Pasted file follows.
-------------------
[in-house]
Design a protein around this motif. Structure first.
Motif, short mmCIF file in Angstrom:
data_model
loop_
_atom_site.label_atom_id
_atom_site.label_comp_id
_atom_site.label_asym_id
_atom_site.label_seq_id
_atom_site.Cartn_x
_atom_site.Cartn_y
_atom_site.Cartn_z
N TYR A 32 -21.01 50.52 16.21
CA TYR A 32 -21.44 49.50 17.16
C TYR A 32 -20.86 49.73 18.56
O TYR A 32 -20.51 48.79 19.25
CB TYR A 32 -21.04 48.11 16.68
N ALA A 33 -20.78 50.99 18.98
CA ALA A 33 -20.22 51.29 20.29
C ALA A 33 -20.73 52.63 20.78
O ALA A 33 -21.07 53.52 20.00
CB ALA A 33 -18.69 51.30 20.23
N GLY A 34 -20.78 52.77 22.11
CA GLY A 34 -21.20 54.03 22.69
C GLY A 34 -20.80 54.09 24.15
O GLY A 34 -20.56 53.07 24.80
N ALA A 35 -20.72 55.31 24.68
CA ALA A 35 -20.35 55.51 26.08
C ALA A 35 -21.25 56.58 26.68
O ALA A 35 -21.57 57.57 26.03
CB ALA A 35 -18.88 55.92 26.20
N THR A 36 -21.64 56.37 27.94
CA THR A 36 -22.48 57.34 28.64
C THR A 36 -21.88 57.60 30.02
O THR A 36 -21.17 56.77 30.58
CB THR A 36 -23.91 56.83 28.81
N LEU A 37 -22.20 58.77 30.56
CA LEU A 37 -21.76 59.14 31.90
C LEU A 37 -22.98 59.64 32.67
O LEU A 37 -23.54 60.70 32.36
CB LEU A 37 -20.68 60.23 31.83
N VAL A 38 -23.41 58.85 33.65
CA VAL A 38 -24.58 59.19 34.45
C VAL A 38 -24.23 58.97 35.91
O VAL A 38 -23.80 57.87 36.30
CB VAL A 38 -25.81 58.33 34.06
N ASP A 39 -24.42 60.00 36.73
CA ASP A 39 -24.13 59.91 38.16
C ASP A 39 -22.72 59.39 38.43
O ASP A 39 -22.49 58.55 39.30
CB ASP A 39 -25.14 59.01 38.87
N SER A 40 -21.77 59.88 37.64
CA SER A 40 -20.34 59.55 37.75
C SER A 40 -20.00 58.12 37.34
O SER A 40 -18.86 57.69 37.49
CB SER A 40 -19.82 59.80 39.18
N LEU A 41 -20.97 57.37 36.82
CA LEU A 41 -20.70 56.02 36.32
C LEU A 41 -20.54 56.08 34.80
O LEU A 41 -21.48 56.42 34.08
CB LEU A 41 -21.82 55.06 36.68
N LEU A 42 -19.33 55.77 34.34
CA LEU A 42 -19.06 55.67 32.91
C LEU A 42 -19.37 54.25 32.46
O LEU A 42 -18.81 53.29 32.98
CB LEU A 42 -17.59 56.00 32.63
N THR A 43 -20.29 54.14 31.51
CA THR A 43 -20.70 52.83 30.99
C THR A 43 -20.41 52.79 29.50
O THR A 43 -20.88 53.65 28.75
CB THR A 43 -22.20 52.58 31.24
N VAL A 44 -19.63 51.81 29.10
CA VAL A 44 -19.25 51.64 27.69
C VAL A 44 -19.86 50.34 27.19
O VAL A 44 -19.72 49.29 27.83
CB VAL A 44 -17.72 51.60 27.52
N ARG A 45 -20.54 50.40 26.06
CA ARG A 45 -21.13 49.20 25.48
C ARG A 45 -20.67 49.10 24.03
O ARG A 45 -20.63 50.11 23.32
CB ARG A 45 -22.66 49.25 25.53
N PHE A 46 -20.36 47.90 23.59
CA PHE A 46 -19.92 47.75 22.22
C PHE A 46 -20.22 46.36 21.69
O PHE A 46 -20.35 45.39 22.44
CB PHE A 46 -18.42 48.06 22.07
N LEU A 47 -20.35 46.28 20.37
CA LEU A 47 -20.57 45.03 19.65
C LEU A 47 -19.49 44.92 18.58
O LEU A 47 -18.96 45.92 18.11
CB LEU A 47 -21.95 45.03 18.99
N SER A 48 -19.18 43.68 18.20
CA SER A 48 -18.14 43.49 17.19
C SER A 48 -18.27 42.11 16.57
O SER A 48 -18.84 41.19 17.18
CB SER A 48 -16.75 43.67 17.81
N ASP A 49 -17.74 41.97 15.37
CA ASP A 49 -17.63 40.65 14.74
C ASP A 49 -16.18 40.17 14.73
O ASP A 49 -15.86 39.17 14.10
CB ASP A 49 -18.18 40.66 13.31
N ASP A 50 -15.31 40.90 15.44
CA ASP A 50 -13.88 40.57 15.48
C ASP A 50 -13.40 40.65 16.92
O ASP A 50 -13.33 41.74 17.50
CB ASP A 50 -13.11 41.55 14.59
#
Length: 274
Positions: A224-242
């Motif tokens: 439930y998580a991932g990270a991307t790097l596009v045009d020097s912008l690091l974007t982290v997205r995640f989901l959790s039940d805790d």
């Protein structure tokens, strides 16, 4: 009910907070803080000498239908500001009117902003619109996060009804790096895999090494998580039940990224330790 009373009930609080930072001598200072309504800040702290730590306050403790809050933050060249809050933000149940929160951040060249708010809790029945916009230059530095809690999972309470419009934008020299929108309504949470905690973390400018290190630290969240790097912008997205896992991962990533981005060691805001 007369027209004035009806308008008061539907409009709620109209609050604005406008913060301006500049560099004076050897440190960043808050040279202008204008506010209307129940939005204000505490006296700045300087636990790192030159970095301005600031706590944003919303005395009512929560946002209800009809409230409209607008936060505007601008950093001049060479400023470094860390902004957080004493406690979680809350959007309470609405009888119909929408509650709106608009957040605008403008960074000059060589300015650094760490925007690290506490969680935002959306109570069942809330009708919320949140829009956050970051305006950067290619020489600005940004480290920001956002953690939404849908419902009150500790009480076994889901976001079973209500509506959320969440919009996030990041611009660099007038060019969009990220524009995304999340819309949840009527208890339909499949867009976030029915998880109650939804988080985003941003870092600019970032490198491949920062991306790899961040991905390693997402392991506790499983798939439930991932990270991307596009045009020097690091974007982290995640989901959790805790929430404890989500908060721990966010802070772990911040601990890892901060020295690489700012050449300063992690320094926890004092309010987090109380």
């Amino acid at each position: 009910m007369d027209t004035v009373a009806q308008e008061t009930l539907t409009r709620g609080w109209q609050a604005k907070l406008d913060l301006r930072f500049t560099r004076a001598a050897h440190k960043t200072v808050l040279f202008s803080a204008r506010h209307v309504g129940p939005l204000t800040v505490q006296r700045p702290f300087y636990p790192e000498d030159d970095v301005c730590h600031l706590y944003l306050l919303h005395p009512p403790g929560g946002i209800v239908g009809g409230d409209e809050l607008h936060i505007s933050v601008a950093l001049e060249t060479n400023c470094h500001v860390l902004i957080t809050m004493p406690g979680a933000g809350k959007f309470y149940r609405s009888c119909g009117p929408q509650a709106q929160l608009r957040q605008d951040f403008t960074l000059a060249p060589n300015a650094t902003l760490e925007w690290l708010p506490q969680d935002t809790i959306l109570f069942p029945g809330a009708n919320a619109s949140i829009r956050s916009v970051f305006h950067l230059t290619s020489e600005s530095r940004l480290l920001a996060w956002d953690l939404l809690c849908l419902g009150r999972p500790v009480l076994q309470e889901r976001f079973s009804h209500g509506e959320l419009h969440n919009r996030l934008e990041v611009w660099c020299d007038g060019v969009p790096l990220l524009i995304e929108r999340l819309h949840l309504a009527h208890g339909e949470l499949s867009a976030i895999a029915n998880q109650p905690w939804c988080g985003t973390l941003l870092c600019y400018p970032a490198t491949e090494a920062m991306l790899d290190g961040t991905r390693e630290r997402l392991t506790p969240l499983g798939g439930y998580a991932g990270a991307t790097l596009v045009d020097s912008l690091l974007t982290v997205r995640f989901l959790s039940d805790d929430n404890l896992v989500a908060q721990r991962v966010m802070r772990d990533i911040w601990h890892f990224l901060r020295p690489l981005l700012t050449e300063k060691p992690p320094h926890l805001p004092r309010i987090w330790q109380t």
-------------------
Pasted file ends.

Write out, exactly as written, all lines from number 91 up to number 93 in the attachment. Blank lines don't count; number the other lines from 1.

CB LEU A 47 -21.95 45.03 18.99
N SER A 48 -19.18 43.68 18.20
CA SER A 48 -18.14 43.49 17.19